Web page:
Why do teenagers rebel? Is it automatic? And can you do things that prevent teens from rebelling? I asked my 19-year-old to help us answer that today!
“All kids will rebel, and my job as a parent is to be there to help catch them when they fall.”
I’ve heard Christian parents say that to me time and time again–strong Christian parents, too. But the Holy Spirit does not have an age limit. The Holy Spirit is with ALL Christians, young or old. And so if we can expect ourselves to act appropriately, we can certainly expect our teenagers to as well.
I’m a big believer in this philosophy, and I’ve written about these two different approaches to parenting before. This week, I thought I’d let other people speak about how to raise kids to make good decisions. We started on Monday about how to raise kids who won’t date too young, and then on Tuesday my 16-year-old chimed in telling us why she’s not dating in high school.
Today I’ve invited my 19-year-old to share her thoughts on why teenagers rebel. I said to her, “can you just write something explaining why you DIDN’T rebel?” She sent me this. It makes me tear up to read it.
Hello. My name is Rebecca Gregoire, and I was the perfect teenager.
Obviously I’m saying that as a joke, but by most standards, I truly was pretty perfect. I never drank, never smoked, never partied, never dated, never even swore. (Honestly. I didn’t swear until I was 18.) I may have been moody, but I always had a good job, and was extremely involved in church and volunteered in childcare and youth ministries. I didn’t rebel at all–I walked the straight and narrow all through high school, and am continuing to do so now that I’m living on my own.
I’m not saying all this to try and make myself look great–I’m saying it to make a point. I’m saying it to destroy a myth that has been hovering over Christian circles for way too long.
Teenagers do not have to rebel.
I am living, breathing proof of that statement. And so are the three girls I live with, and my best friends at our university IVCF group. We didn’t rebel.
Before I continue, let me tell you something else about myself.
I am not demure in any sense of the word. I don’t like listening to authority, and I often get frustrated when I’m told what to do, or how to do it. I like to question everything. I’m naturally extremely proud, a challenger of authority, and extremely stubborn.
Why am I telling you this? To prove that I’m not “naturally predispositioned to submit”. I’m actually the complete opposite.
Whether or not teenagers rebel isn’t contingent on their natural personality, and kids aren’t “guaranteed” to rebel. Obviously teenagers aren’t guaranteed to NOT rebel, either, but there are things you can do that make it less likely.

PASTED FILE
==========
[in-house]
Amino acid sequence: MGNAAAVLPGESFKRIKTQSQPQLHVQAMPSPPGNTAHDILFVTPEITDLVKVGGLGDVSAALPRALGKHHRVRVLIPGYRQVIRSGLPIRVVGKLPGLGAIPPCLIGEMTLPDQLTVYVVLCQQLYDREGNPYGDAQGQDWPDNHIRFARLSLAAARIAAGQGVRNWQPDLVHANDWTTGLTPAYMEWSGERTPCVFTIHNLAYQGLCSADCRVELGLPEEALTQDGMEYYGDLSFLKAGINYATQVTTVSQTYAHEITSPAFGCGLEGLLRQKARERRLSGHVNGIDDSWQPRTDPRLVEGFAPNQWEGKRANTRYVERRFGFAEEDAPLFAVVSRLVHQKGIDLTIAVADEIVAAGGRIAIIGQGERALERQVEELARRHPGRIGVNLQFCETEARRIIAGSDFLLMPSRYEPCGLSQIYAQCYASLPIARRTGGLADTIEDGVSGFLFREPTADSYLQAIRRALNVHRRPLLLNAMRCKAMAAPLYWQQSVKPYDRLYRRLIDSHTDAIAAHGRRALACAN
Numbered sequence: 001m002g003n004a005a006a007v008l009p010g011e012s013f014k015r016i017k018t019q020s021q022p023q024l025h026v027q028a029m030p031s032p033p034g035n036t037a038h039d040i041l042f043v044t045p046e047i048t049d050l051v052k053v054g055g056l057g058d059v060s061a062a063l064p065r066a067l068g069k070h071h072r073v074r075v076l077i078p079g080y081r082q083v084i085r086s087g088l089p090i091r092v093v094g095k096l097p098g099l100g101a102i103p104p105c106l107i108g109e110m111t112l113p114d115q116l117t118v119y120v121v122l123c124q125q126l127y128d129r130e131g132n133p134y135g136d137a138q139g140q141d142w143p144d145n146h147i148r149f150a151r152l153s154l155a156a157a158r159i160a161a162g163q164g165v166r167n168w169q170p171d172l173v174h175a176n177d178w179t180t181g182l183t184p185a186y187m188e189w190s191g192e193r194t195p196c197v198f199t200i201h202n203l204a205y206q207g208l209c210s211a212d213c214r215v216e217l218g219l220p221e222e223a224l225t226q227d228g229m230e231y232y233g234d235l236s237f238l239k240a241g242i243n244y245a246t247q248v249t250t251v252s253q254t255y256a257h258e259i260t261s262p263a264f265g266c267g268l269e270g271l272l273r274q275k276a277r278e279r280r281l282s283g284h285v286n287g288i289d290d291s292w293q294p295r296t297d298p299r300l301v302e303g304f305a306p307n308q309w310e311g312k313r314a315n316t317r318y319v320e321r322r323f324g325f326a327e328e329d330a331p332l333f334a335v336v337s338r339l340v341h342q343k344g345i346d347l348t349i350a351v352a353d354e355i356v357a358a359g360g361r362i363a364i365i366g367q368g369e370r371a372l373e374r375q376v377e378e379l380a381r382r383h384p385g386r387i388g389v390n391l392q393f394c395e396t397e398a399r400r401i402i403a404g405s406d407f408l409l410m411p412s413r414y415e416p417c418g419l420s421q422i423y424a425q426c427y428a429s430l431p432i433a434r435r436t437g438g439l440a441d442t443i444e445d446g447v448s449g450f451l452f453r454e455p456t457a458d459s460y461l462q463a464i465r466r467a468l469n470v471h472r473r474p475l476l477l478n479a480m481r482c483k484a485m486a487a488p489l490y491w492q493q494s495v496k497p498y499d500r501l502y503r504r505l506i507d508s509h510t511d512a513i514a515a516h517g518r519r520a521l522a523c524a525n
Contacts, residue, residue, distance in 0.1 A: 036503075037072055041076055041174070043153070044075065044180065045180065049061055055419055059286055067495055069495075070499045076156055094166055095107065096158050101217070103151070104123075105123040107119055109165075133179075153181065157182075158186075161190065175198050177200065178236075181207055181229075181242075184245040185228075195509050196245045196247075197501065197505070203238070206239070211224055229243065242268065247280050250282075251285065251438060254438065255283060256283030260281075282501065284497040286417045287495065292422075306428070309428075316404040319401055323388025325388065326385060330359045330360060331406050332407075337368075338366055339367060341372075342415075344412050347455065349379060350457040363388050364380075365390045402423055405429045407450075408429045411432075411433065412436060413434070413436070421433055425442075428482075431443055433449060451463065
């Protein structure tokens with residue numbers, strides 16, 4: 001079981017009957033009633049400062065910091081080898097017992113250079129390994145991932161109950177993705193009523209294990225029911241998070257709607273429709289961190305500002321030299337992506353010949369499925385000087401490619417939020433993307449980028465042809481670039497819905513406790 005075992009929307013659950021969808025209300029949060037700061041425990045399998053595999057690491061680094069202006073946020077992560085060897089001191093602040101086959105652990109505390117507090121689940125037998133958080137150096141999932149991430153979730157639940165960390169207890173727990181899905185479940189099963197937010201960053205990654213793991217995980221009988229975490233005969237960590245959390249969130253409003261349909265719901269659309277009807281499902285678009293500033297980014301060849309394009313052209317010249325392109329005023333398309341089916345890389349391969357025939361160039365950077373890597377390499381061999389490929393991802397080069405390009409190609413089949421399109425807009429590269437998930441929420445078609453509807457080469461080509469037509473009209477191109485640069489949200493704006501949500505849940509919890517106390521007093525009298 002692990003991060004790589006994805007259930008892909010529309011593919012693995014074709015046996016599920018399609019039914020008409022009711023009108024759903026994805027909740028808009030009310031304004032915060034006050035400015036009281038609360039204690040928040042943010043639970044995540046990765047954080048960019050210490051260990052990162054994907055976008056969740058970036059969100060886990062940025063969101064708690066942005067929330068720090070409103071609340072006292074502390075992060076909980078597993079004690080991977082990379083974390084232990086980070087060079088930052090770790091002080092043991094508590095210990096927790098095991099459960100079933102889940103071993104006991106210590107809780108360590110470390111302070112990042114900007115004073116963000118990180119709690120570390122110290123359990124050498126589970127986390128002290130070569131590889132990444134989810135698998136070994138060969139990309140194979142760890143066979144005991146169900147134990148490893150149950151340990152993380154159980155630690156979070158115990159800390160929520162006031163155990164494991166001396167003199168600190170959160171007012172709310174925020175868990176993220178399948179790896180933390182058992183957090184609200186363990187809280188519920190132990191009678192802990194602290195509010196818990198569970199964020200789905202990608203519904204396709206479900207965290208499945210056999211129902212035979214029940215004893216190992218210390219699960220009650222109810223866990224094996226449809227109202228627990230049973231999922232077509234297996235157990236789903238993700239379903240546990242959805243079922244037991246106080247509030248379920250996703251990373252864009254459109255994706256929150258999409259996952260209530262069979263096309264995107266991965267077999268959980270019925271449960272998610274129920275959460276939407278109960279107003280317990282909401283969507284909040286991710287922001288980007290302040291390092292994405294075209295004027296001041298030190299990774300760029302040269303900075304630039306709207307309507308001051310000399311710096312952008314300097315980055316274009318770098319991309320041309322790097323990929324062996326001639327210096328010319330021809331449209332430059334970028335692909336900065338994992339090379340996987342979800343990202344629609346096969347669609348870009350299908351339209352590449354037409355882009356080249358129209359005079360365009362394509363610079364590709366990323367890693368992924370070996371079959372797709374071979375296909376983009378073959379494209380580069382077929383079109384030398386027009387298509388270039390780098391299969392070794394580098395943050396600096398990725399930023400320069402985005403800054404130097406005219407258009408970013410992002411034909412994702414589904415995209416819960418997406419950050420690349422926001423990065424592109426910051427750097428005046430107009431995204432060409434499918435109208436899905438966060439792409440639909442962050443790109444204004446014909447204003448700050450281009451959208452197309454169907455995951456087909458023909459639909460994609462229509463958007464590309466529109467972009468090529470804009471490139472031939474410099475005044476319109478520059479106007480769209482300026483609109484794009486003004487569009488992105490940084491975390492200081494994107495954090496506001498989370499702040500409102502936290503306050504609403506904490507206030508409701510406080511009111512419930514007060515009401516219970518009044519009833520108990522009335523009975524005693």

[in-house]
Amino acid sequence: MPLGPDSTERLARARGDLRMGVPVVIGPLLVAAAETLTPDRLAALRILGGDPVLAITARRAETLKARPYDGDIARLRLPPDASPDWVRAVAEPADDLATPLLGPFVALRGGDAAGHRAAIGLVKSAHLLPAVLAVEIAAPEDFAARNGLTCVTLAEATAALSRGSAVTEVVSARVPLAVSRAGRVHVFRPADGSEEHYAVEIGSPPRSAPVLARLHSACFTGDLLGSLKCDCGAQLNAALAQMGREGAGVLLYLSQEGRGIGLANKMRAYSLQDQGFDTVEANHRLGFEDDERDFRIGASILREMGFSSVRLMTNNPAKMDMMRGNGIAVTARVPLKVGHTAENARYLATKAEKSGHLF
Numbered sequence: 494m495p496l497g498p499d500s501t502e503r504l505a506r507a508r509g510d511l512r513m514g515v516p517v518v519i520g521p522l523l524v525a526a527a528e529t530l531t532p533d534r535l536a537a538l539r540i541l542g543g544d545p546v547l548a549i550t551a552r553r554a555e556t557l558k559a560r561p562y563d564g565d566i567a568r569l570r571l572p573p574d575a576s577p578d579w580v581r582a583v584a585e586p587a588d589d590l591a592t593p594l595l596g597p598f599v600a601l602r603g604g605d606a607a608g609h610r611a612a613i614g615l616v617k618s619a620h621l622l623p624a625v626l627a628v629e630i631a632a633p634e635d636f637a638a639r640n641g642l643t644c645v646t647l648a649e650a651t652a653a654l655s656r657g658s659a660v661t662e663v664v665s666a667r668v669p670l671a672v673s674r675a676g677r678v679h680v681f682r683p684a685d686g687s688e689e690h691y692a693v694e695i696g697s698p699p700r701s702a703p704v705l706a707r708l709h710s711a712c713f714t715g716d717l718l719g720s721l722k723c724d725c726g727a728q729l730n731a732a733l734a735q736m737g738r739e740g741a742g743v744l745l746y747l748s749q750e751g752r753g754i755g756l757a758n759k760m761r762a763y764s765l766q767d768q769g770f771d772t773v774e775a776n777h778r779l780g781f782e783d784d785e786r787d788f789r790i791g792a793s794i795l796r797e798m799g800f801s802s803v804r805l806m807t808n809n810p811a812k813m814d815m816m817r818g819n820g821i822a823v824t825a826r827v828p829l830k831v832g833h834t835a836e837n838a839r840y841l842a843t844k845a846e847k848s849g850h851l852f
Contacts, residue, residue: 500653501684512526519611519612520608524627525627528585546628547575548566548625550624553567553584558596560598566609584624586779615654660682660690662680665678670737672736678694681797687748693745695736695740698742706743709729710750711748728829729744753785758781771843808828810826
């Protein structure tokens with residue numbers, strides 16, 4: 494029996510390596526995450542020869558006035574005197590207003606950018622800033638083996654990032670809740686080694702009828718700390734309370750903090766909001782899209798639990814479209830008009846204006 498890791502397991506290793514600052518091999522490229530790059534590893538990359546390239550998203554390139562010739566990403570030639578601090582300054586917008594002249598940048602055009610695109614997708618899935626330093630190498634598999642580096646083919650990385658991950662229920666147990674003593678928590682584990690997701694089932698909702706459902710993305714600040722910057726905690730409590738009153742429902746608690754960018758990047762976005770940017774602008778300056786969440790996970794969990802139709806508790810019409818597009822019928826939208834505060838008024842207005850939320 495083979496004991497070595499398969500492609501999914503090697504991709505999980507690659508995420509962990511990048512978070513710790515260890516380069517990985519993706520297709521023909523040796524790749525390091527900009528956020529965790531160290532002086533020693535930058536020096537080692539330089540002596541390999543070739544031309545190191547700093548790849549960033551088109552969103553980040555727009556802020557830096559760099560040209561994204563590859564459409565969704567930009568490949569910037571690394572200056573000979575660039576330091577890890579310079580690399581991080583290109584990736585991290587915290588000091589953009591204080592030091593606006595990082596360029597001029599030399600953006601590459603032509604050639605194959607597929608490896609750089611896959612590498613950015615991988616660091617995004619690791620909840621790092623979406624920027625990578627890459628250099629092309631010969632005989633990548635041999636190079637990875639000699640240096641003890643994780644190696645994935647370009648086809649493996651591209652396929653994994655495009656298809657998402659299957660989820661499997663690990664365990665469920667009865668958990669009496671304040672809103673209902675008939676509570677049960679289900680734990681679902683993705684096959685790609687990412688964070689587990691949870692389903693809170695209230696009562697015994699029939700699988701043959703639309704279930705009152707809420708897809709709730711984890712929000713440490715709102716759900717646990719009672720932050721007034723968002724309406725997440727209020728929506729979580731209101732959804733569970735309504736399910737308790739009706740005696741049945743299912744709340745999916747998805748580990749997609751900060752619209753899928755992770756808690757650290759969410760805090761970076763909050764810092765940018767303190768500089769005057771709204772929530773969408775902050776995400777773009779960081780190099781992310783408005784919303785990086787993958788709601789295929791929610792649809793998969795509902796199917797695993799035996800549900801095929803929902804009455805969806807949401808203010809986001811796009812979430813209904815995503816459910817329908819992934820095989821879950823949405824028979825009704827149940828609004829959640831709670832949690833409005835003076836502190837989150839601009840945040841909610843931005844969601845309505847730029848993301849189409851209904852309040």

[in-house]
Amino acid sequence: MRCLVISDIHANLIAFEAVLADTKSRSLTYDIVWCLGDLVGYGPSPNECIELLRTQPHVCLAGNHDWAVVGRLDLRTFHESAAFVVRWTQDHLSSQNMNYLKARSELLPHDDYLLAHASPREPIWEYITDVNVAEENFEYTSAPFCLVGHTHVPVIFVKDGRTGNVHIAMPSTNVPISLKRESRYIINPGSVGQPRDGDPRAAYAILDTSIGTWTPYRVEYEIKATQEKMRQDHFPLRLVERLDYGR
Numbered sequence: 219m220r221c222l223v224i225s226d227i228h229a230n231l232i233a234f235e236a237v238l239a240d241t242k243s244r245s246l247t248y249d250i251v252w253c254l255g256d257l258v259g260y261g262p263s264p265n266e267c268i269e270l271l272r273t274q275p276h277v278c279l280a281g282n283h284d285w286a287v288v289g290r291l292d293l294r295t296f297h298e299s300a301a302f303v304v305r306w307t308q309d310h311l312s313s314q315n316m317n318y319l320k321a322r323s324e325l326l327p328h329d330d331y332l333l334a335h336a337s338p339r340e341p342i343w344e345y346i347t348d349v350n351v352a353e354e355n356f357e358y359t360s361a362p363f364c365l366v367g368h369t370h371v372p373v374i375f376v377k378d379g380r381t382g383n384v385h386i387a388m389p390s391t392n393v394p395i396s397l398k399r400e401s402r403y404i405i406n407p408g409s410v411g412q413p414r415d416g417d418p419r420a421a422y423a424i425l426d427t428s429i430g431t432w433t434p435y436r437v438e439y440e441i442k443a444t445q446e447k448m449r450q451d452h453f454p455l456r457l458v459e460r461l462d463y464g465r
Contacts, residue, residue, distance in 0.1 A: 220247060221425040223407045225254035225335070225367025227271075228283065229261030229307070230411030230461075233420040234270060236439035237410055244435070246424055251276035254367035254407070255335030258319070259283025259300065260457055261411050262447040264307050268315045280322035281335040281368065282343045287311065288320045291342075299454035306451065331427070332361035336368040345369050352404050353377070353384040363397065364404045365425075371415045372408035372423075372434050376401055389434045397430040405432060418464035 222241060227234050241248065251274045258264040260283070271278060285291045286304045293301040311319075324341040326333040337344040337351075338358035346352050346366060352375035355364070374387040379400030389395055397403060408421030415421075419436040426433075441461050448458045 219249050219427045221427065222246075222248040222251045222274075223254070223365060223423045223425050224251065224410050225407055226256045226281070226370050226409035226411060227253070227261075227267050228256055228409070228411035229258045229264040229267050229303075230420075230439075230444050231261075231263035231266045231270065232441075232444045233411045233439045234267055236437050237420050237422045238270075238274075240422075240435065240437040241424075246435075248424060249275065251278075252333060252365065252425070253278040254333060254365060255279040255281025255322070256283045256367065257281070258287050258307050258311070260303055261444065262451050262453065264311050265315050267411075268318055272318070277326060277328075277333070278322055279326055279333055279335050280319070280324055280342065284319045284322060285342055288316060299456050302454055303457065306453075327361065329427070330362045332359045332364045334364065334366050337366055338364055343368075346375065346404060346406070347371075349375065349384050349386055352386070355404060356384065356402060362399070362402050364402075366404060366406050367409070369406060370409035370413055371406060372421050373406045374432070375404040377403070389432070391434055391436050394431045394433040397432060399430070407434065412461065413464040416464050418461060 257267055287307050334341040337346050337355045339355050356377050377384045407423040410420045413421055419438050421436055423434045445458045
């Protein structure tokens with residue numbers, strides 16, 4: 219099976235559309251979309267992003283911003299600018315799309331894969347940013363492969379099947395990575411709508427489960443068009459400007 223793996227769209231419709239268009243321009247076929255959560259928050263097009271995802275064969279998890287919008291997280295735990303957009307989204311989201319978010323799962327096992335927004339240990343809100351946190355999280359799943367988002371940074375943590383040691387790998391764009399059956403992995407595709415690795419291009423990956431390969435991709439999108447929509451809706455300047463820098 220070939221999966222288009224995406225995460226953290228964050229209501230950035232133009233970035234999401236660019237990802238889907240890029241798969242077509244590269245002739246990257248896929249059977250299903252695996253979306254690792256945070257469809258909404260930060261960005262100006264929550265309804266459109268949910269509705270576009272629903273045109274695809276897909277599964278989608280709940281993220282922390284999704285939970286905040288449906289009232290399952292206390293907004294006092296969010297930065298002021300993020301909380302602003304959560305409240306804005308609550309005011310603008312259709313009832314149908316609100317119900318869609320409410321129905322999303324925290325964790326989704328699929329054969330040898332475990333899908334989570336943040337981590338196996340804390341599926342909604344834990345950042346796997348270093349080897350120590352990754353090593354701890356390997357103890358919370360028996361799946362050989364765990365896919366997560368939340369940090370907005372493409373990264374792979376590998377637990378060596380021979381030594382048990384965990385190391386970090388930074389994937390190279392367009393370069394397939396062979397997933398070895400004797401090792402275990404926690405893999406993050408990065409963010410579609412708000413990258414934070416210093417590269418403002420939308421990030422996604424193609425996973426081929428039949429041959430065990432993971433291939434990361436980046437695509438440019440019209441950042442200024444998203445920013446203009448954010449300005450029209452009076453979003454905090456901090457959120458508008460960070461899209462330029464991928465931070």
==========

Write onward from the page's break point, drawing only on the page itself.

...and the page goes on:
My family had two children who were complete opposites, and neither of us had a rebellion stage. So it has to be something about the family, not our natural dispositions.
So why do teenagers rebel? And why do some teenagers never rebel? I’ve tried to pinpoint what kinds of things my parents did that helped my sister and me not rebel (though, of course, there are never guarantees that a teen won’t rebel), and here’s what I’ve come up with:
5 Reasons I Didn’t Rebel as a Teenager
My parents instilled in me a sense of family honour
Often teenagers feel distant from their families, like they’re part of it by blood, but that’s it. In my family it was never like that. My mom and dad would make decisions on their own, of course, but they always talked everything over with my sister and me. Even things that we weren’t directly impacted by–we’d discuss everything over the dinner table.
My family is the kind of family where everyone is involved–it’s a team experience. A result of this is that I received a huge sense of family pride, dignity, and honour.
Family honour has been lost in our culture. We are so focused on ourselves, and have become extremely selfish. And I think a lot of that is that parents put their children’s wants over the family’s needs. In our family, Katie and I never went without. But we didn’t get everything we wanted–I wanted an X-Box when all my friends were getting one, but because that would cut out of major family time my parents said no. A small example, I know, but it shows the worldview my family had. No matter what, family comes first.
When your mindset shifts from “me” to “we”, your behaviours and your actions aren’t just going to affect you–you begin to see how what you do affects other people. What I do when I’m in my free time reflects on my family, whether good or bad. And for me, that was a huge incentive to be responsible and make my parents proud.
My parents were extremely encouraging, but also demanding
There needs to be a middle ground. I cannot stress this enough.
So many parents I see are all about the encouragement. Their kids can’t do any wrong in their eyes, and they just constantly pour love and affection and butterflies and rainbows into their children’s life. And then other parents are the opposite–they don’t pay any attention to their kids unless they do something wrong and then they blow up. Or, even if they don’t explode in anger, they only ever criticize and never praise their children.
My parents had a happy medium. We weren’t coddled, but we weren’t picked on, either. My parents chose their battles, and also encouraged us when encouragement was necessary but didn’t lie and tell us we were great at something when we weren’t. For instance, my parents never would have told me that I should go for a career in gymnastics, because I am not flexible in the least.
We always knew where our parents stood, and through that, we always knew that they were honest and had a better understanding of who we were.